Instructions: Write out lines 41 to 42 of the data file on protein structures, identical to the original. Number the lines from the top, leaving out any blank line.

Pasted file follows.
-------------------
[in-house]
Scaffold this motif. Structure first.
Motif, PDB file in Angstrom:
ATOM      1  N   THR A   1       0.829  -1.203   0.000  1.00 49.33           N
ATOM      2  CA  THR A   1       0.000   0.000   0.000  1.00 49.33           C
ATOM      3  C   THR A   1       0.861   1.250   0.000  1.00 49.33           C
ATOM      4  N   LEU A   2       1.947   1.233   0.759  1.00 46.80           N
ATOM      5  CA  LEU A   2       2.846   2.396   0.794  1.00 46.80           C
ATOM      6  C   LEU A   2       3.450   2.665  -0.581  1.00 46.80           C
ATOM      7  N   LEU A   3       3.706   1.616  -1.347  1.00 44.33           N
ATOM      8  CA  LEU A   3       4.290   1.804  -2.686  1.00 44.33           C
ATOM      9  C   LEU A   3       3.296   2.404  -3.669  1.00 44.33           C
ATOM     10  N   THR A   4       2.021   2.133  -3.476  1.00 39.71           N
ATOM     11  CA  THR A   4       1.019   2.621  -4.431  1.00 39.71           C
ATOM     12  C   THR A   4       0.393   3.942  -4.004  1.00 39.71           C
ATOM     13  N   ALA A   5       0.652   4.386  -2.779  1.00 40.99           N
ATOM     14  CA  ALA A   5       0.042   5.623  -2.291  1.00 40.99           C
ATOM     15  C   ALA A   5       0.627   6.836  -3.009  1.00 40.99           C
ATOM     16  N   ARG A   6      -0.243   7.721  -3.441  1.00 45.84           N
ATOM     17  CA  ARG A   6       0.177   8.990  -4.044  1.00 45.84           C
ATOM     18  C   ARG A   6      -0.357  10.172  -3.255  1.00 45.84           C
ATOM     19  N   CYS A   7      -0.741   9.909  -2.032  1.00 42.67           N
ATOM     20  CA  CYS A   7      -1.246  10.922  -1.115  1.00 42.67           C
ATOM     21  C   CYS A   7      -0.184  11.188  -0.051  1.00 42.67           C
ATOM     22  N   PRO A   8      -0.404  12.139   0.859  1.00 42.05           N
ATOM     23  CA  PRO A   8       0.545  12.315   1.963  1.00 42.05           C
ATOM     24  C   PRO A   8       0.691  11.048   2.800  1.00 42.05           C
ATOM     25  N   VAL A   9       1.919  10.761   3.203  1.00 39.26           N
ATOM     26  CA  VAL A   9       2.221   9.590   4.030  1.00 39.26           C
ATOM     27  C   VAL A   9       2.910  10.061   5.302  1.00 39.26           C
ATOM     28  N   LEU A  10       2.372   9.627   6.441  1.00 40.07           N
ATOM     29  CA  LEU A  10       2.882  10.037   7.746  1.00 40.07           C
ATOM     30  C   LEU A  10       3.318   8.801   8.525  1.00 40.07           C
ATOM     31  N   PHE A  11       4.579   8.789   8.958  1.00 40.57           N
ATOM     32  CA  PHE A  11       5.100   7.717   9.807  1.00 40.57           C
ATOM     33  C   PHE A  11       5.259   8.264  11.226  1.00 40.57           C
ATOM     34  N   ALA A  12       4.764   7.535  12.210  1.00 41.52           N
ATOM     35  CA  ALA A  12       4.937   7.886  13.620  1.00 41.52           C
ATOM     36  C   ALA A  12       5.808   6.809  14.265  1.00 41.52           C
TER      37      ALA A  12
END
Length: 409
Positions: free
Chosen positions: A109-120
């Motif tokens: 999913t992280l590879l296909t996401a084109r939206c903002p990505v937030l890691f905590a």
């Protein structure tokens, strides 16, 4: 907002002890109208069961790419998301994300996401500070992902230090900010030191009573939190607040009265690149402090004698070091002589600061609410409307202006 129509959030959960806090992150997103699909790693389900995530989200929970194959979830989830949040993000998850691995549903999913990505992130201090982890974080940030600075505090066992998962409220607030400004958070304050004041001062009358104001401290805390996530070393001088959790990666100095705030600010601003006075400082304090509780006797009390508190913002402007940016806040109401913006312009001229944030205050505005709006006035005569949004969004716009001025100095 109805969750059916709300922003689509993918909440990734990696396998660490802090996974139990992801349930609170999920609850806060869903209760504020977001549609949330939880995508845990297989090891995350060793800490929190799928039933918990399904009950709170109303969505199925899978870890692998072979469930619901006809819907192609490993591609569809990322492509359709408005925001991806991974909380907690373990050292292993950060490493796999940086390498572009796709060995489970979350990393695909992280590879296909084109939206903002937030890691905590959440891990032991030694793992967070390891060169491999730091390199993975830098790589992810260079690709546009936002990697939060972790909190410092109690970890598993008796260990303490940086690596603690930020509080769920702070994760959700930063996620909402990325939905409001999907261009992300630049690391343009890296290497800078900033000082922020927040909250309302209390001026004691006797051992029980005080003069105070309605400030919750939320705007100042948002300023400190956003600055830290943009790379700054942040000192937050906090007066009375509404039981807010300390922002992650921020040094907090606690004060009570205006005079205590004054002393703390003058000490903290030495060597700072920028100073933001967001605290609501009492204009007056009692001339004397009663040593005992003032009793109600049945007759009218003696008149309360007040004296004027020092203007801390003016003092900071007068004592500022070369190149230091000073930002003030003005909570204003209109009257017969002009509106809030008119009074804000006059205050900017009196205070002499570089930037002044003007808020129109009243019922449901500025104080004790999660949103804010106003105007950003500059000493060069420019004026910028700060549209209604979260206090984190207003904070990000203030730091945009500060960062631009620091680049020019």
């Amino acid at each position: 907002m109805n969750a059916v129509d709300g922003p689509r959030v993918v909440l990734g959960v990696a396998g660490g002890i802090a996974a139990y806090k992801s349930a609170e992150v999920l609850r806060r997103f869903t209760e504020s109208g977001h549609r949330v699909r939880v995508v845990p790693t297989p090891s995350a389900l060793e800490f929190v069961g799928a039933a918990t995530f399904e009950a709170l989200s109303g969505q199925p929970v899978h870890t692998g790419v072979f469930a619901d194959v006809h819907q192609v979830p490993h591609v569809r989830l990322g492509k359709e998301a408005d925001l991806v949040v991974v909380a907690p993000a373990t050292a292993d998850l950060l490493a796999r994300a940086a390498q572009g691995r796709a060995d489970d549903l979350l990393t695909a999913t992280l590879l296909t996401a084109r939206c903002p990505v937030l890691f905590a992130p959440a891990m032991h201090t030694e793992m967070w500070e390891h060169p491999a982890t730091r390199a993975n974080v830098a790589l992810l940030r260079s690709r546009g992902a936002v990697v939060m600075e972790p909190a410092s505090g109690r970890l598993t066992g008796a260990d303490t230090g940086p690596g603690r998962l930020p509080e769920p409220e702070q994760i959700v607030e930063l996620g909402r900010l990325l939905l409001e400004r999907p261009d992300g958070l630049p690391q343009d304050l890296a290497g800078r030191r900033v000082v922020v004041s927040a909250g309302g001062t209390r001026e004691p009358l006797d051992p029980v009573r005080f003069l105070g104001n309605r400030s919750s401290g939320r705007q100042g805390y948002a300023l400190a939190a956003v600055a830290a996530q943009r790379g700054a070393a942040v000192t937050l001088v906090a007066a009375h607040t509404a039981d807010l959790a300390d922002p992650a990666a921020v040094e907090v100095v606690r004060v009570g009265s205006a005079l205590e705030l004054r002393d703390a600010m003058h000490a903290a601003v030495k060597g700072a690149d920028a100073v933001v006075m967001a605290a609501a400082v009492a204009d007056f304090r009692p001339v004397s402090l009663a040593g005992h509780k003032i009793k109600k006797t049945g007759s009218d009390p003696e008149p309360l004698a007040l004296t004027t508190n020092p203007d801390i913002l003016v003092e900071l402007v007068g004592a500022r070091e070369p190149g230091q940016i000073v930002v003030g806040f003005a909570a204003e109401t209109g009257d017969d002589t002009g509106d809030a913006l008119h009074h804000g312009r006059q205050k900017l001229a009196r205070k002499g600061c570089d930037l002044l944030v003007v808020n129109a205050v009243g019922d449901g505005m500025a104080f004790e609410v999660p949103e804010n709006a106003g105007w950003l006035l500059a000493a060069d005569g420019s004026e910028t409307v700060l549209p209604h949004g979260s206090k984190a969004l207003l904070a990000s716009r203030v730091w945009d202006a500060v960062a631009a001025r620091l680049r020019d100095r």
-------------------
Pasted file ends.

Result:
END
Length: 409